By Brad Miner
America’s Catholic bishops commissioned John Jay College of Criminal Justice to study the sex-abuse crisis in the American Church. Last November, the bishops received a briefing on some conclusions researchers have derived from their report, “The Nature and Scope of the Problem of Sexual Abuse of Minors by Catholic Priests and Deacons in the United States.”
They say the crisis has nothing to do with homosexuality.
Margaret Smith, a data analyst, said researchers believe “the idea of sexual identity [should] be separated from the problem of sexual abuse.” She insists that no connection has been found “between homosexual identity and an increased likelihood of sexual abuse.” This was seconded by the study’s principal investigator, Karen Terry: “Someone can commit sexual acts that might be of a homosexual nature, but not have a homosexual identity.”
Some greeted these statements with skepticism; not least because the data Smith, Terry, et al. have gathered indicate that more than 80 percent of all clerical abuse cases involve male homosexual activity. Dr. Terry’s point is that abuse may be more about opportunity than preference. Since during the period covered by the inquiry (1950 to 2002), priests had more frequent interaction with boys than with girls, overwhelmingly male-male nature of the abuse doesn’t prove the abusers themselves were homosexual.
Ms. Smith emphasized this point by analogizing the behavior of the abusing priests with the sexual practices of men in prison.
But here are some data not in the report: The Centers for Disease Control puts the homosexual population in America at very precisely 2.3 percent (and no credible study claims a number higher than 3 percent). To be sure, opportunity plays a role in many crimes, but given that 90-plus percent of American men are heterosexual it seems out of proportion that 80-plus percent of clerical abuse cases (more than 4000 are included in the John Jay study) should involve men and boys. This is especially so since, according to the Department of Health and Human Services, girls are more than four times likelier to be the victims of sexual abuse than are boys in the population at large.
Whether these cases were pedophilia or hebephilia (those who prefer pubescent kids) or ephebophilia (attraction to older adolescents) is not at issue here, although it’s surely significant that half of those abused by priests were between the ages of 11 and 14. All the cases analyzed involved kids under 18, and none of the data or analysis addresses the violence done to the faith and psyches of the victims, to the vows of celibacy taken by the priests, or to the Body of Christ as a whole. That wasn’t the researchers’ job.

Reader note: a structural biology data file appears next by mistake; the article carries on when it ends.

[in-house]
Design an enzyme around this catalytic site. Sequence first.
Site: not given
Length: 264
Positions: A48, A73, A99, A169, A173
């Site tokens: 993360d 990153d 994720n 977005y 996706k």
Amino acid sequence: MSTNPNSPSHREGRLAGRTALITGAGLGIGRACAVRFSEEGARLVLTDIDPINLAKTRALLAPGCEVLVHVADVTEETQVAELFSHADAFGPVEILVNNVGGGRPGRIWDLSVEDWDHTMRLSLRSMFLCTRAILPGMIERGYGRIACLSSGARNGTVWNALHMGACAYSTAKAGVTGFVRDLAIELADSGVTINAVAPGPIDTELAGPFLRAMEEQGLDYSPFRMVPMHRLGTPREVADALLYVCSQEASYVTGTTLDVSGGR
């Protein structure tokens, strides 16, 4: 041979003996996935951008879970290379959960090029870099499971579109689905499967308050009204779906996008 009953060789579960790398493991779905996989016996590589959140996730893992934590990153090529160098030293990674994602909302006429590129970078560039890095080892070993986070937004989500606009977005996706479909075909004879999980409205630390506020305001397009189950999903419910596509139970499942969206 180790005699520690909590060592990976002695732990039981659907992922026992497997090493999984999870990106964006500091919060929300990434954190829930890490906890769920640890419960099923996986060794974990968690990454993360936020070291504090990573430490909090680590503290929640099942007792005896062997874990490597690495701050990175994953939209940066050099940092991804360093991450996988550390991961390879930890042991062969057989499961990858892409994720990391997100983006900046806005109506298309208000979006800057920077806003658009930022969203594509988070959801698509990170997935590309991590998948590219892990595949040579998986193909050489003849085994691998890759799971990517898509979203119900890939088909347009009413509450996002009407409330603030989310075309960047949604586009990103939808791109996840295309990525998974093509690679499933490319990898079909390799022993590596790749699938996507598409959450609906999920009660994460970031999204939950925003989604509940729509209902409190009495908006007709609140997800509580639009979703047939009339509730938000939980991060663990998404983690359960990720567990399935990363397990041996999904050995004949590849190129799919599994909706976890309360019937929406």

But there is also no acknowledgment of another key datum of all sex-abuse crimes: 60 percent of assaults go unreported. Boys are especially reluctant to speak up. One study (by the Commonwealth Fund) found that among “sexually abused children in grades five through twelve, 48 percent of the boys and 29 percent of the girls . . . told no one about the abuse.” So the data we have may hardly begin to describe the breadth and depth of the problem. More than $2 billion has been paid to victims and their attorneys.
Consider this: According to one scholarly journal, Archives of Sexual Behavior, the tendency towards homosexuality among pedophiles is fifteen- to twenty-times higher than in the population at large. The Journal of Sex Research has noted that the proportion of homosexual pedophiliac offenses “is substantially larger than the proportion of sex [offenses] against female children among heterosexual men . . .” And in a superb essay in Homiletic & Pastoral Review, Brian W. Clowes and David L. Sonnier make an important connection that in “the general population of males who sexually abuse minors, only one in seven molest boys. In the population of [sex-abusing] priests . . . six in seven molest boys.”
Most homosexual men aren’t pedophiles, of course, yet it seems likely that when in any population there’s a disproportionate spike in sexual-abuse statistics affecting boys, homosexuality belongs on the list of causes. Are the John Jay researchers unaware that 80 percent of sex abuse suffered by boys in public schools is at the hands of homosexual teachers, coaches, and administrators? Or do they also consider public schools analogous to prisons?
The data gathered by John Jay do not address the prevalence of homosexuality in the priesthood overall, but if homosexual men really do “hit on” kids more often than straight men seduce girls, don’t the data imply that a fairly significant cadre of non-abusing homosexuals is (or was) in the priesthood?
Why did these men take Holy Orders? Perhaps because emerging cultural tolerance of (and tentative self-acceptance by) homosexuals in the Forties and Fifties led to an expectation of fraternal refuge in the priesthood that was later made moot by “gay” advocacy in the Sixties and Seventies. Why hide in a hostile profession when you can now be “out” in most others? This could explain the bell curve in abuse statistics, which peaked in about 1980 and, thank God, have rapidly declined ever since. Perhaps the private crisis was ending even as it was becoming a public scandal.
The Church will no longer be a refuge for homosexuals. The Congregation for Catholic Education has published its “Instruction Concerning the Criteria for the Discernment of Vocations with regard to Persons with Homosexual Tendencies in view of their Admission to the Seminary and to Holy Orders,” another long-titled document with a different conclusion than John Jay’s:
[It is] necessary to state clearly that the Church, while profoundly respecting the persons in question, cannot admit to the seminary or to holy orders those who practice homosexuality, present deep-seated homosexual tendencies, or support the so-called “gay culture.”